1978: A trip down Lowerhouse Lane

In 1978 the Camp David Summit between Israel and Eygpt, with Jimmy Carter playing the honest broker, would lead to Nobel Peace prizes all round. It was a year when there were more technological breakthroughs. The first test-tube baby was born in ’78 and, in Japan, the Space Invaders game was invented. The home team Argentina won the World Cup. Scotland fans gloated that they had a strong team and that England hadn’t even made the trip, but ended up wanting their money back.   Footballers Emile Heskey, Louis Saha and Rio Ferdinand were born in 1978. As were model Jodie Kidd, boxer Ricky Hatton and a lady making plenty of assets by using her assets, Katie Price a.k.a. Jordan.    Deaths that year included Harold Abrahams of ‘Chariots of Fire’ fame; Joe Davis the snooker player; Pope Paul; Keith Moon of ‘The Who’ and boxer Gene Tunney went down for an even longer count. Ex-Haslingden pro Vinoo Mankad died. He held the record as the fastest Test player to the 100 wicket-1000 run double, until Ian Botham later beat it.

The pop charts reflected the mania caused by ‘Saturday Night Fever’ and ‘Grease’. John Travolta and Olivia Newton-John spent many weeks at the No 1 spot. 10 cc had a chart topper with ‘Dreadlock Holiday’ in which was a line on which we all agree, “we don’t like cricket, and we love it”.

In the Lancashire League of 1978 Mohinder Amarnath known as Jimmy was in the second of 4 seasons at Lowerhouse, while Allan Border was in his only year at East Lancashire C.C.  ALLAN BORDER was born in Sydney in 1955. He had a storied Test career and the domination in recent history, of Australia in the cricketing world, was largely established by him. He played 156 Tests, scoring 11,174 runs at just over 50, with his dogged left-handed batting. Few players in history have been so reluctant to give their wicket away. His slow left-arm bowling was fairly ordinary but he did take 39 victims, with a remarkable best of 7-46. At the time of his retirement he had played more Tests than anyone; took part in more consecutive Tests than anyone; captained his country in more games and taken most Test catches.   For all his brilliance as a player, Border will be remembered most as a strong leader, who took on the captaincy in dark days but finished in the Promised Land. His first Ashes series saw a defeat to David Gower’s England. I remember thinking at the time how uncomfortable Border looked with losing, as he had to put on a brave face in interviews with Peter West. Allan Border’s determination and force of personality soon led to a rebound in Aussie fortunes. They won the World Cup in 1987 and by 1989 the Ashes were back in safe keeping. The legacy he left Mark Taylor was far greater than when he himself had taken over. What greater compliment could Border have, than the annual prize to the Country’s top cricketer, is named ‘The Allan Border Medal’. After his international days were over, Border took great pride in helping Queensland win their first Sheffield Shield. He has at various times served as a selector for the Aussie Test squad.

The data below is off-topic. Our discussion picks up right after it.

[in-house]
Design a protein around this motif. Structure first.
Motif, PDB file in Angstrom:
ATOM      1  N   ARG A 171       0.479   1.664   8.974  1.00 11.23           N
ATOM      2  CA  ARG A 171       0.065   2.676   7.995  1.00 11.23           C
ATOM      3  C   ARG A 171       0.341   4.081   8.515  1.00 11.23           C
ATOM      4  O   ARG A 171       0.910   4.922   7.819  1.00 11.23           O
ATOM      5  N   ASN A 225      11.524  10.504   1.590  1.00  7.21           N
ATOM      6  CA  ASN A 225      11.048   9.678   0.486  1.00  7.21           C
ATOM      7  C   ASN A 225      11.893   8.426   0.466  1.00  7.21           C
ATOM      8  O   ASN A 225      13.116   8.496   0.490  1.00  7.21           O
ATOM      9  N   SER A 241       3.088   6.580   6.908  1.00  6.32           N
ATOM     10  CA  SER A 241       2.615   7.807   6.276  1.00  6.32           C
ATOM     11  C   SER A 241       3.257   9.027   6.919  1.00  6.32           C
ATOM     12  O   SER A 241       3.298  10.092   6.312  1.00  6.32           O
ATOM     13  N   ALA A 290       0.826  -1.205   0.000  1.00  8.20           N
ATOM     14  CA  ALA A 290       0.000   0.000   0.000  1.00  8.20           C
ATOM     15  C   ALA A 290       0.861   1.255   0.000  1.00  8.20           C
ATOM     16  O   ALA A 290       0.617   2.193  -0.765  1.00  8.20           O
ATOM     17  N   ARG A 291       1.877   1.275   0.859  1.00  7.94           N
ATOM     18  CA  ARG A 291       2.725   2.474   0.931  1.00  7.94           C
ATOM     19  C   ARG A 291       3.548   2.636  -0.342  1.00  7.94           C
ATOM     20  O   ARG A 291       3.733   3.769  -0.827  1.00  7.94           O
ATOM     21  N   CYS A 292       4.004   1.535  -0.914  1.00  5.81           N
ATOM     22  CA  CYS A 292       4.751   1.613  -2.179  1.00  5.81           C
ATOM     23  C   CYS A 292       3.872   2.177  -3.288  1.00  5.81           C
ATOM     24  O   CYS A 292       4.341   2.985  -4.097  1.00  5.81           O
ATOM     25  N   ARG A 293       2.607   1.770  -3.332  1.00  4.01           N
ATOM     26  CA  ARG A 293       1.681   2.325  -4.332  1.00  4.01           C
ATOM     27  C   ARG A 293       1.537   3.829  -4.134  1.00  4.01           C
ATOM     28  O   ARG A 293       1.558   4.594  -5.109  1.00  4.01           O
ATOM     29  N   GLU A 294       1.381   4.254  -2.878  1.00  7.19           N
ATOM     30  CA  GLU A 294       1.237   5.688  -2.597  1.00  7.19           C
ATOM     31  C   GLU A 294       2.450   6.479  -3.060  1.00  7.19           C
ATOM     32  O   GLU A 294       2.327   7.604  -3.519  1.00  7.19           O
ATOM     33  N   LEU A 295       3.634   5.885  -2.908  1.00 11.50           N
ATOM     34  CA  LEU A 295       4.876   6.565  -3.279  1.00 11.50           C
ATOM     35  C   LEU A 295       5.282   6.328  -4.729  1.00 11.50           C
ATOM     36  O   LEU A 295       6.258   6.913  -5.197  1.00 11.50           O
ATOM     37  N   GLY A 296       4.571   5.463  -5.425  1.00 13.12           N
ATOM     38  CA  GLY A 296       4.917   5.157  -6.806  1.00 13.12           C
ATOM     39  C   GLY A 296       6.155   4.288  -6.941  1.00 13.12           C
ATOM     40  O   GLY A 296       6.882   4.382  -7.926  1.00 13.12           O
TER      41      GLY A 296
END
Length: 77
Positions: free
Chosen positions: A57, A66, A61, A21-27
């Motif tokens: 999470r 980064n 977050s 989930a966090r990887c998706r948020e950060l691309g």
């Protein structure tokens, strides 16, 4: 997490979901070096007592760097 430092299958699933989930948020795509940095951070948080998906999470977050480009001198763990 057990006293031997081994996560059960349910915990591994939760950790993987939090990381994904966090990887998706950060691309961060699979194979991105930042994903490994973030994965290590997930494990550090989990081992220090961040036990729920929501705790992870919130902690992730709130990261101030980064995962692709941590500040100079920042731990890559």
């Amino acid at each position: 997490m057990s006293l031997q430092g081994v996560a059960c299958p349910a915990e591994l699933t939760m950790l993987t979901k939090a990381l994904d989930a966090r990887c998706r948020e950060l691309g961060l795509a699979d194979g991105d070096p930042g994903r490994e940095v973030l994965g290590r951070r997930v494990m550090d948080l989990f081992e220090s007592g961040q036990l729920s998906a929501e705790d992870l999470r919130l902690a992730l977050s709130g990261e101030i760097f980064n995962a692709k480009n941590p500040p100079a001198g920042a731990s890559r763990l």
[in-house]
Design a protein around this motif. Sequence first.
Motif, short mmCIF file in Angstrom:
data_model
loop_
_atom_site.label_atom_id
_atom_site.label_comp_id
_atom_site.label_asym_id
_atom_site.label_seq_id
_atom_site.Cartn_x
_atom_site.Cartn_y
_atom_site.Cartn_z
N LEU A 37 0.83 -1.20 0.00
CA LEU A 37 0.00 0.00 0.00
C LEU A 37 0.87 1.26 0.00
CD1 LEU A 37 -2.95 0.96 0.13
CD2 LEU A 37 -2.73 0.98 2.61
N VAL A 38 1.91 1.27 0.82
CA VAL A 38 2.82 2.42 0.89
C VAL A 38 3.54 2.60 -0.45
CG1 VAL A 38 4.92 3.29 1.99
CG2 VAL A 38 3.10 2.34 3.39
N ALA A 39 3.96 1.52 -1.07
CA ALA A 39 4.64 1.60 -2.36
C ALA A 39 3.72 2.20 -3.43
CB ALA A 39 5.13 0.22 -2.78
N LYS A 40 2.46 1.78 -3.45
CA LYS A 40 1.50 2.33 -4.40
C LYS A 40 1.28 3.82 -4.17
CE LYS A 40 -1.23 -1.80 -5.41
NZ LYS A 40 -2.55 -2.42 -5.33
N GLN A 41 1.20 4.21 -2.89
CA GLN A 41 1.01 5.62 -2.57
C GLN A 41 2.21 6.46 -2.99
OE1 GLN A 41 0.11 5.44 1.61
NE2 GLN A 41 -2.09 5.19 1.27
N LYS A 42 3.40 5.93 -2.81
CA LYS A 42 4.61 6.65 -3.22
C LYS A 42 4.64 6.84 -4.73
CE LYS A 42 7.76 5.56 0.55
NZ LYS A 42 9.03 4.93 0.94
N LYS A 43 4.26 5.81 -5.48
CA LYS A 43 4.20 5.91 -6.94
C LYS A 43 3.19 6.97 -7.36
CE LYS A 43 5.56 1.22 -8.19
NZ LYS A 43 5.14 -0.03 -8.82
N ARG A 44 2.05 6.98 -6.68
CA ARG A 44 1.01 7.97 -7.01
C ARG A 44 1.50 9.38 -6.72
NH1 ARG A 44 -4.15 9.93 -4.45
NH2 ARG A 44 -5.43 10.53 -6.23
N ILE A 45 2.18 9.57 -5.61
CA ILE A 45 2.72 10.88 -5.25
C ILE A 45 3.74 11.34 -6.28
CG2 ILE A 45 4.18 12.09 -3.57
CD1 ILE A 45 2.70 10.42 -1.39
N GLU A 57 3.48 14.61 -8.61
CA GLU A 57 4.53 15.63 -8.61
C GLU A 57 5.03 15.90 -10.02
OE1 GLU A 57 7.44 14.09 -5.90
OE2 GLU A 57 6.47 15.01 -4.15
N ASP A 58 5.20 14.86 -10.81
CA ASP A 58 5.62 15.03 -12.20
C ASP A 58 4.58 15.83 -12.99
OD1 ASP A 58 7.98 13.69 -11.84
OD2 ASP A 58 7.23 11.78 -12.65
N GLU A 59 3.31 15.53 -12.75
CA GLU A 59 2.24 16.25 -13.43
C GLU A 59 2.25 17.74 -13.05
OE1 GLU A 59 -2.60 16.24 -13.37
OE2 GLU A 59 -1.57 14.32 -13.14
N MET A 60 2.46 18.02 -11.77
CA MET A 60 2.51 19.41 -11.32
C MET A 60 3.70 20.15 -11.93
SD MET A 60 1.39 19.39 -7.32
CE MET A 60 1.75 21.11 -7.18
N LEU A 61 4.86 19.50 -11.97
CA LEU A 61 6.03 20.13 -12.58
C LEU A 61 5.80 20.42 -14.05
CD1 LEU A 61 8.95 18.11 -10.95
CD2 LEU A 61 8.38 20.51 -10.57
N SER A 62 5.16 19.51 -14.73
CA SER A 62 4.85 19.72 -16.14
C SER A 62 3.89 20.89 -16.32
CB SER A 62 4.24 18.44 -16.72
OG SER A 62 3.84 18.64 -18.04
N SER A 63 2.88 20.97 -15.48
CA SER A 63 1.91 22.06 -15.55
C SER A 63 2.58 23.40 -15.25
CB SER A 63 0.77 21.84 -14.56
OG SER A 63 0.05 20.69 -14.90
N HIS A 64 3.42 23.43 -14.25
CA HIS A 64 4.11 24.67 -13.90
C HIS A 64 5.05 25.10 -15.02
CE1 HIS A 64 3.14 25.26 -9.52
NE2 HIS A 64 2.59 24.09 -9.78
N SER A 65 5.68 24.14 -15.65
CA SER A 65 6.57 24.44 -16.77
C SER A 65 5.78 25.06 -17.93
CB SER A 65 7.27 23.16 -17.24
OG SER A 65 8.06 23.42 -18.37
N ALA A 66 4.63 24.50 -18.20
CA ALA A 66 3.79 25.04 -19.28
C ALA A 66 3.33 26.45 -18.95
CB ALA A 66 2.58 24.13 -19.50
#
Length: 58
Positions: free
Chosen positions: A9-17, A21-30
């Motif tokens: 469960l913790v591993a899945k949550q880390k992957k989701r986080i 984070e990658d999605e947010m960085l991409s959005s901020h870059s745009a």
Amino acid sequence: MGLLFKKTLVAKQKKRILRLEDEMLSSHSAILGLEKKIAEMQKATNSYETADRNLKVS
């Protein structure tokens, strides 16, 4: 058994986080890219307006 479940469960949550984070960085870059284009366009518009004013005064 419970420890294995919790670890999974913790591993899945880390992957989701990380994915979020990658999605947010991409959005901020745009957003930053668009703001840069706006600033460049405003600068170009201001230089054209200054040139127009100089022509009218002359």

‘JIMMY’ AMARNATH was born in Patiala in 1950. He was the son of an Indian Test skipper and his two brothers also played at first class level. One of those, Surinder, was Burnley pro opposite Jimmy at the ‘House, in 1977. Jimmy played 69 Tests scoring 4378 runs at over 42 with 11 centuries. He had a long span in Test cricket, beginning at Chennai in 1969 and finishing versus West Indies, in the same city in 1988. The fact that in that period he played only 69 times shows that he had a roller-coaster career. He was discarded many times, only to return from the wilderness. He had started as a player with a reputation of struggling against short-pitched bowling. Many players, such as Michael Bevan, have had Test careers blighted by this. Amarnath not only conquered the problem, he briefly got the reputation as the World’s best against pace bowling. This spell was in the 1982-83 period which was the zenith of his Test career. India played 11 consecutive away games to the mighty West Indies and hated rivals Pakistan. In those games he scored 1182 runs with 5 hundreds. His form was still on a high when he received back to back ‘Man of the Match’ awards, as India won the 1983 World Cup, with an against the odds victory versus West Indies at Lords’.

To emphasise the up and down nature of his career, he followed this with one of the worst trots in all Test history. At home, again against the Windies, he scored just one run in six innings. He was christened ‘Mr Amarnought’ and dropped yet again. He later got another chance to show that was an aberration.  Since his playing days, Jimmy has had spells as coach to Bangladesh and Morocco. His involvement nowadays is limited to some T.V. commentary work.          In the Lancs League of 1978, East Lancs were sixth and ‘House down in tenth. Those moderate positions didn’t reflect the individual performances of Border and Amarnath. Allan set a Club batting record with 1137 runs at 54. He also took 55 wickets at 19. Jimmy scored 826 runs at 38 and impressed as a bowler, with 80 wickets at 13. Border needed more support from the team’s amateur bowling. This was shown in a week-end in June when Border scored 104 not out versus Burnley and 179 not out against Rawtenstall. Border finished on the losing side both days! The ‘House hadn’t enough amateur talent and Amarnath had too little support. When there were runs on the board, Amarnath and Alan Holden were capable of winning any game. I can still picture his relaxed, almost lazy looking run-up, and the accuracy of his bowling, which on a helpful track led to many ‘House triumphs.

 

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